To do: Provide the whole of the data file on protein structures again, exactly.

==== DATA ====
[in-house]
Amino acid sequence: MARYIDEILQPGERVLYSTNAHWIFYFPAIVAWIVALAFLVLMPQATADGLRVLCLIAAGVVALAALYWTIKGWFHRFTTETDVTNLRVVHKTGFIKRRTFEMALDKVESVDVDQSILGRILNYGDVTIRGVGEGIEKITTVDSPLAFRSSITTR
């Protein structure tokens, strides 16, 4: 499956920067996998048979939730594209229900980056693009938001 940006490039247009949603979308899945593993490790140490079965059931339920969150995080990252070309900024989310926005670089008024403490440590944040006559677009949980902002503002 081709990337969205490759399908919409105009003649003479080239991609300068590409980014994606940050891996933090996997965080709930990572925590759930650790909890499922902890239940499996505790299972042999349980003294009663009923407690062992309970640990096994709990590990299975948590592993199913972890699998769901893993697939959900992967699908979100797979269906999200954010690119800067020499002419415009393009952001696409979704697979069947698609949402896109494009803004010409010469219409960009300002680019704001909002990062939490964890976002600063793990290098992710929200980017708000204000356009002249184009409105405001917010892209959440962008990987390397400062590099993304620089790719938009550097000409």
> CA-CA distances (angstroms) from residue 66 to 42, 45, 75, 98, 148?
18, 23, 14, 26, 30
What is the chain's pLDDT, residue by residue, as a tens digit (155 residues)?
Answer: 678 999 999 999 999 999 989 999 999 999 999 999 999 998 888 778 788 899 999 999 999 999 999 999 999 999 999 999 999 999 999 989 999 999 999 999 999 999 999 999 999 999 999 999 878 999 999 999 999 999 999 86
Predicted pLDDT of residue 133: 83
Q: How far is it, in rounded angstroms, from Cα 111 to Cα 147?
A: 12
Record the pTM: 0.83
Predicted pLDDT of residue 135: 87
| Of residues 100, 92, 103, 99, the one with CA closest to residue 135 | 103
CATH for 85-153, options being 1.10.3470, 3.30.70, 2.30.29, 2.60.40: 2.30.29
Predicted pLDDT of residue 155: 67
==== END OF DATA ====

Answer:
[in-house]
Amino acid sequence: MARYIDEILQPGERVLYSTNAHWIFYFPAIVAWIVALAFLVLMPQATADGLRVLCLIAAGVVALAALYWTIKGWFHRFTTETDVTNLRVVHKTGFIKRRTFEMALDKVESVDVDQSILGRILNYGDVTIRGVGEGIEKITTVDSPLAFRSSITTR
């Protein structure tokens, strides 16, 4: 499956920067996998048979939730594209229900980056693009938001 940006490039247009949603979308899945593993490790140490079965059931339920969150995080990252070309900024989310926005670089008024403490440590944040006559677009949980902002503002 081709990337969205490759399908919409105009003649003479080239991609300068590409980014994606940050891996933090996997965080709930990572925590759930650790909890499922902890239940499996505790299972042999349980003294009663009923407690062992309970640990096994709990590990299975948590592993199913972890699998769901893993697939959900992967699908979100797979269906999200954010690119800067020499002419415009393009952001696409979704697979069947698609949402896109494009803004010409010469219409960009300002680019704001909002990062939490964890976002600063793990290098992710929200980017708000204000356009002249184009409105405001917010892209959440962008990987390397400062590099993304620089790719938009550097000409």
> CA-CA distances (angstroms) from residue 66 to 42, 45, 75, 98, 148?
18, 23, 14, 26, 30
What is the chain's pLDDT, residue by residue, as a tens digit (155 residues)?
Answer: 678 999 999 999 999 999 989 999 999 999 999 999 999 998 888 778 788 899 999 999 999 999 999 999 999 999 999 999 999 999 999 989 999 999 999 999 999 999 999 999 999 999 999 999 878 999 999 999 999 999 999 86
Predicted pLDDT of residue 133: 83
Q: How far is it, in rounded angstroms, from Cα 111 to Cα 147?
A: 12
Record the pTM: 0.83
Predicted pLDDT of residue 135: 87
| Of residues 100, 92, 103, 99, the one with CA closest to residue 135 | 103
CATH for 85-153, options being 1.10.3470, 3.30.70, 2.30.29, 2.60.40: 2.30.29
Predicted pLDDT of residue 155: 67